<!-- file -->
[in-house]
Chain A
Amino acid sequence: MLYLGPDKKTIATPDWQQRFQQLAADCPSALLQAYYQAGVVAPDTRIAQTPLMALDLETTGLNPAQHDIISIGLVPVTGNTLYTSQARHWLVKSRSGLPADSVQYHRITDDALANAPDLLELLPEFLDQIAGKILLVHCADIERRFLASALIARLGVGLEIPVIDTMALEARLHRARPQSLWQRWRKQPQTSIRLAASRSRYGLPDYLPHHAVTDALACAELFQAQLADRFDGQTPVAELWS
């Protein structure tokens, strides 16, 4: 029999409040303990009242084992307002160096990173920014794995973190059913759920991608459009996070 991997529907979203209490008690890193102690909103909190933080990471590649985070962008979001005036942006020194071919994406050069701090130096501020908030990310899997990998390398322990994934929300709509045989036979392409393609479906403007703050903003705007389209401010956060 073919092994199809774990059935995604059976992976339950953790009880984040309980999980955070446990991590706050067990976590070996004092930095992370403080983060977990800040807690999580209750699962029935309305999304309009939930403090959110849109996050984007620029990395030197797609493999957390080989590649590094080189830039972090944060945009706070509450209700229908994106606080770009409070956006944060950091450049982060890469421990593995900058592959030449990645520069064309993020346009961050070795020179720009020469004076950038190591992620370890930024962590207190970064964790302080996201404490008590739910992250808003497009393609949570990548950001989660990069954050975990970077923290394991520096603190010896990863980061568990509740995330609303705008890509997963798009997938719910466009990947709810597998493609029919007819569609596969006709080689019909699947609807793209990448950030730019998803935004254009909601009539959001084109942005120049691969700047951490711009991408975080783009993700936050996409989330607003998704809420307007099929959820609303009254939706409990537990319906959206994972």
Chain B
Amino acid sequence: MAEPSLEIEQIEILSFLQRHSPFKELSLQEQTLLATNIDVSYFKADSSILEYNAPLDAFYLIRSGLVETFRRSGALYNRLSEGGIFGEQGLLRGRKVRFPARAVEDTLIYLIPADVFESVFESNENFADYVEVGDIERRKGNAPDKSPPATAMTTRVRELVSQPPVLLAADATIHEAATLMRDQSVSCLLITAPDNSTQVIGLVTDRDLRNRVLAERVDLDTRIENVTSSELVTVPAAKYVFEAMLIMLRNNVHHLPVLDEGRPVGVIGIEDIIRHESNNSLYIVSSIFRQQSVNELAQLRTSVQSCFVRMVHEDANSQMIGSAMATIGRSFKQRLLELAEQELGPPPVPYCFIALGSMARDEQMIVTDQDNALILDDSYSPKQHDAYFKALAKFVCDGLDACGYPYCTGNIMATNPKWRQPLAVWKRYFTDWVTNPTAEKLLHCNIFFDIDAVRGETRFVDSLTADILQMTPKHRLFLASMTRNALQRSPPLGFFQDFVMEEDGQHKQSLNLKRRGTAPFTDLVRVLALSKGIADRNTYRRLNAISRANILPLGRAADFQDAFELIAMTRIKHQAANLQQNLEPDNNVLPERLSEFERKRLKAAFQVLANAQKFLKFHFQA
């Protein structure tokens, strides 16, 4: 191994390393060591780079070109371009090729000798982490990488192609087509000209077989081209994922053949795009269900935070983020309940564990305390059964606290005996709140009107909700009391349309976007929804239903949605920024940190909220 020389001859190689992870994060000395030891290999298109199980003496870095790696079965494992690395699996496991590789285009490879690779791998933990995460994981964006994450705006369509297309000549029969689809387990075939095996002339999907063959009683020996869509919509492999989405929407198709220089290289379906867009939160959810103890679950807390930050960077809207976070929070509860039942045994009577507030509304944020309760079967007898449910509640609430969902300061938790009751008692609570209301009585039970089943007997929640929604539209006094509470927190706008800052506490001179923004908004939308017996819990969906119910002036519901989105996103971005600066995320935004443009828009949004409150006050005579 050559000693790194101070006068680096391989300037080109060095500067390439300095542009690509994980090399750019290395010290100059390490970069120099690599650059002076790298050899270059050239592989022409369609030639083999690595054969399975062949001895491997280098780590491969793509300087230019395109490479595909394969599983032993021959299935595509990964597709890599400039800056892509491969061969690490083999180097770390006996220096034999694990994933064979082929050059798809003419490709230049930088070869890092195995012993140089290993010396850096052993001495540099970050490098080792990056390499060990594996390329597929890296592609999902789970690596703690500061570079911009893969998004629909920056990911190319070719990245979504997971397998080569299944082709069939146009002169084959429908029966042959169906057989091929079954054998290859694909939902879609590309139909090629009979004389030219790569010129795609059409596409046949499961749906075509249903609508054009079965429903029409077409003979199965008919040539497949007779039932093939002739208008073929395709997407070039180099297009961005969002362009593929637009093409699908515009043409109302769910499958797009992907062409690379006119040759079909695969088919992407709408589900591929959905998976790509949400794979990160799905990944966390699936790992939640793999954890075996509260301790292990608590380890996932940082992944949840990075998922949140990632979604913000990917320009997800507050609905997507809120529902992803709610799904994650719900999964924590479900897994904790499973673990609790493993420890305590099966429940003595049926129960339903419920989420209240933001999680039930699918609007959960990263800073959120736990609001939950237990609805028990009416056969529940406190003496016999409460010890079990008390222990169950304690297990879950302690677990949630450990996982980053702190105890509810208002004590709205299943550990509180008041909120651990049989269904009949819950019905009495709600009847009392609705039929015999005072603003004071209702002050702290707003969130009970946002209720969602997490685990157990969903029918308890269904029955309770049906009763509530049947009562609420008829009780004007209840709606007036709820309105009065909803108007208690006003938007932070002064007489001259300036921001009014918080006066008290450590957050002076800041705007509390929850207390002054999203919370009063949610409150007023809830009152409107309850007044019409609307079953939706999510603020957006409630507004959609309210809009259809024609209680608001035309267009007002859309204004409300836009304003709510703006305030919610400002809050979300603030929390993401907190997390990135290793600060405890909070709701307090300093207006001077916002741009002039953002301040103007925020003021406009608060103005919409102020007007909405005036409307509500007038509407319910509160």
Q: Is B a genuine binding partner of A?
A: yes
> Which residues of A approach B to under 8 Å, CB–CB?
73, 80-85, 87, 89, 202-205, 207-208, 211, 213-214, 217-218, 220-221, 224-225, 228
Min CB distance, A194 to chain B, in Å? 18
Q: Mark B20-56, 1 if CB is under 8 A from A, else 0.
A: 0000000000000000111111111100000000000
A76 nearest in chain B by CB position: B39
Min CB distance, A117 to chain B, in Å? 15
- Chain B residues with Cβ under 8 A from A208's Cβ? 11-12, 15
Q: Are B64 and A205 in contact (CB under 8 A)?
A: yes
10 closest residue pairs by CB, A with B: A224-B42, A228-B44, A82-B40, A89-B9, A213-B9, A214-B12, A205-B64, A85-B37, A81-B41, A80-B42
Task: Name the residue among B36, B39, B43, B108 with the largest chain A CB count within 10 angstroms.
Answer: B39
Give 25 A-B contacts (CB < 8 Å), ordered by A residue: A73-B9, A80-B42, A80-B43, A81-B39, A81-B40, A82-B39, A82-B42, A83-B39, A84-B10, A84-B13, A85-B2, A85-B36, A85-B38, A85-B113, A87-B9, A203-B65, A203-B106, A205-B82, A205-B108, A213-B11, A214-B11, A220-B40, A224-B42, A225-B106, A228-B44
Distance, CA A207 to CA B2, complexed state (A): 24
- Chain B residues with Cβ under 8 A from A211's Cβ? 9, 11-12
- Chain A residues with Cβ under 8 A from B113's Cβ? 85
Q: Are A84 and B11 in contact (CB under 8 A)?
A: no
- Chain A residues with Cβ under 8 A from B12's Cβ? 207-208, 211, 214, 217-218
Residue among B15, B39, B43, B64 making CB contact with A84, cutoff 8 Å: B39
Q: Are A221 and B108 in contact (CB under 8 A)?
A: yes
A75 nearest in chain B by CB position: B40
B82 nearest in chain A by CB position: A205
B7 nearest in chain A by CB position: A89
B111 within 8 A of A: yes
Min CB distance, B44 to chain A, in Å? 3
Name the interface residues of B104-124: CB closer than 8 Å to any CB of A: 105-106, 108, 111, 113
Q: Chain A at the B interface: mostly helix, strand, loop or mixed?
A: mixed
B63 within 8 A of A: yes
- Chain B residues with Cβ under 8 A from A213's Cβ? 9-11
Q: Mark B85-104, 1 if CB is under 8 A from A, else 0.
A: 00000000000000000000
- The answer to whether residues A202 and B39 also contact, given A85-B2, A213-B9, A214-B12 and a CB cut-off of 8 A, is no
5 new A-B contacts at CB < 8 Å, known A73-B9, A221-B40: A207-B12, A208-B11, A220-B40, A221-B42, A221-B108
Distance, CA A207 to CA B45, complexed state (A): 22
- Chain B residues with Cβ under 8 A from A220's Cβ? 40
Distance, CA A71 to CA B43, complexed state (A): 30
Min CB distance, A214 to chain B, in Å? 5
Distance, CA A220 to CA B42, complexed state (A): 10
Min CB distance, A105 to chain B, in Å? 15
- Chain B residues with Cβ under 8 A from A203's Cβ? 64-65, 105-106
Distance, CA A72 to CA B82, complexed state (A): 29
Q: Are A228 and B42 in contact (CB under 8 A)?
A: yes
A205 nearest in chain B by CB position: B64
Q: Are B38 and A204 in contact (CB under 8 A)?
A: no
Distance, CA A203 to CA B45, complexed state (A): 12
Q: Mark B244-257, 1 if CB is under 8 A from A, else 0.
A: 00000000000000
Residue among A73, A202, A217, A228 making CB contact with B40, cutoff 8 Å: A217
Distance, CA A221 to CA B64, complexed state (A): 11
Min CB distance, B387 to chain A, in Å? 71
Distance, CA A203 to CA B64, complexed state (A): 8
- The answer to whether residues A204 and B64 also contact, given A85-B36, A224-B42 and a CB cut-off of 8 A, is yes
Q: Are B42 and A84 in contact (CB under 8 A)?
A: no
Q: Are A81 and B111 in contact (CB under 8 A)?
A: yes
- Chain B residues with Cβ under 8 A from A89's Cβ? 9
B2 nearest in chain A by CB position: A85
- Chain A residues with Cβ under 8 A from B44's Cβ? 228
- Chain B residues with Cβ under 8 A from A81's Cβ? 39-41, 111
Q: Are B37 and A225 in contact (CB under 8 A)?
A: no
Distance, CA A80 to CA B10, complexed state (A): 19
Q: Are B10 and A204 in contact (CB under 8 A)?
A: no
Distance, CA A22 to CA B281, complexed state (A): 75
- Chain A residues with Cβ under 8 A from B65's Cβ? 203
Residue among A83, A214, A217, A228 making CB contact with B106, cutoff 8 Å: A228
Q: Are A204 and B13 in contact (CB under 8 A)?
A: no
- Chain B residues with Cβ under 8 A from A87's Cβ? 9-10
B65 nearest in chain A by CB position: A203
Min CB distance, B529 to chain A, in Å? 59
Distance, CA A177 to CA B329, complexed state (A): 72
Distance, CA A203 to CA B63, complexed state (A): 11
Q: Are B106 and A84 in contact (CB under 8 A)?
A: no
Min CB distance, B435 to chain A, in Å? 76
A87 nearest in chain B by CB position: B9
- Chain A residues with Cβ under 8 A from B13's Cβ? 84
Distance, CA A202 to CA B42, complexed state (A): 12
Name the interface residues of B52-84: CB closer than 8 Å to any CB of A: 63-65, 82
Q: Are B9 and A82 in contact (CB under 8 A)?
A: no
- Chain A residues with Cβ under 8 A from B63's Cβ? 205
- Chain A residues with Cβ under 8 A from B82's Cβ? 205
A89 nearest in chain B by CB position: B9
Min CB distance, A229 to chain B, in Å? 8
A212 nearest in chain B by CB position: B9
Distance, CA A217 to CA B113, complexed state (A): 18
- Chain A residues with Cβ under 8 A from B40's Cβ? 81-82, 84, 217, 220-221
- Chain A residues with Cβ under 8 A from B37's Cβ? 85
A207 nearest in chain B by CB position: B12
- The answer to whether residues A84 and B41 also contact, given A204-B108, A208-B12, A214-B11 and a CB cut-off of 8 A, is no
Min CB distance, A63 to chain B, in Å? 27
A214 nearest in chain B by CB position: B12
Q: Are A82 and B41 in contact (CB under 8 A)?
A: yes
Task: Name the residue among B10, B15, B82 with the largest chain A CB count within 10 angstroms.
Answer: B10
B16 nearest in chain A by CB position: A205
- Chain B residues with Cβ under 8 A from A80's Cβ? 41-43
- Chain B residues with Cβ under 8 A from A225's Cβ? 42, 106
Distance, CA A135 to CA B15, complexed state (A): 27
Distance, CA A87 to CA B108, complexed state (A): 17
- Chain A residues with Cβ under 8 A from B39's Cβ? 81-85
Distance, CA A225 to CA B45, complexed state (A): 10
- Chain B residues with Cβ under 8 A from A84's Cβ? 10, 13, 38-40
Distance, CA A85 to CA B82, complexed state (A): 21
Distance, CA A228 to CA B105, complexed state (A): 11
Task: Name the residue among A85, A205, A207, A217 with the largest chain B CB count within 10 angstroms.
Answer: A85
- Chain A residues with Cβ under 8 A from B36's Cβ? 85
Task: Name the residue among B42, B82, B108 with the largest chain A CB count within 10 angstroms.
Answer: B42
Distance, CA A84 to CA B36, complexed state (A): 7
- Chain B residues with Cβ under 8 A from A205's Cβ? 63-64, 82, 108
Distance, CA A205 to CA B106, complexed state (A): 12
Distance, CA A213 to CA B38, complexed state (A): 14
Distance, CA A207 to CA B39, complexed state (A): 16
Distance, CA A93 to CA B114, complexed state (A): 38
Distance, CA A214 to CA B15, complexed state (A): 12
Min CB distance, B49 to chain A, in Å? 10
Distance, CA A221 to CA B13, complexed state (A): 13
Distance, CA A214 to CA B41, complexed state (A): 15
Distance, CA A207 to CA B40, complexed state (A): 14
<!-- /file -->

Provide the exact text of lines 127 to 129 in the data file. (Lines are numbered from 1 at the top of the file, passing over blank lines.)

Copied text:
Answer: A85
- Chain A residues with Cβ under 8 A from B36's Cβ? 85
Task: Name the residue among B42, B82, B108 with the largest chain A CB count within 10 angstroms.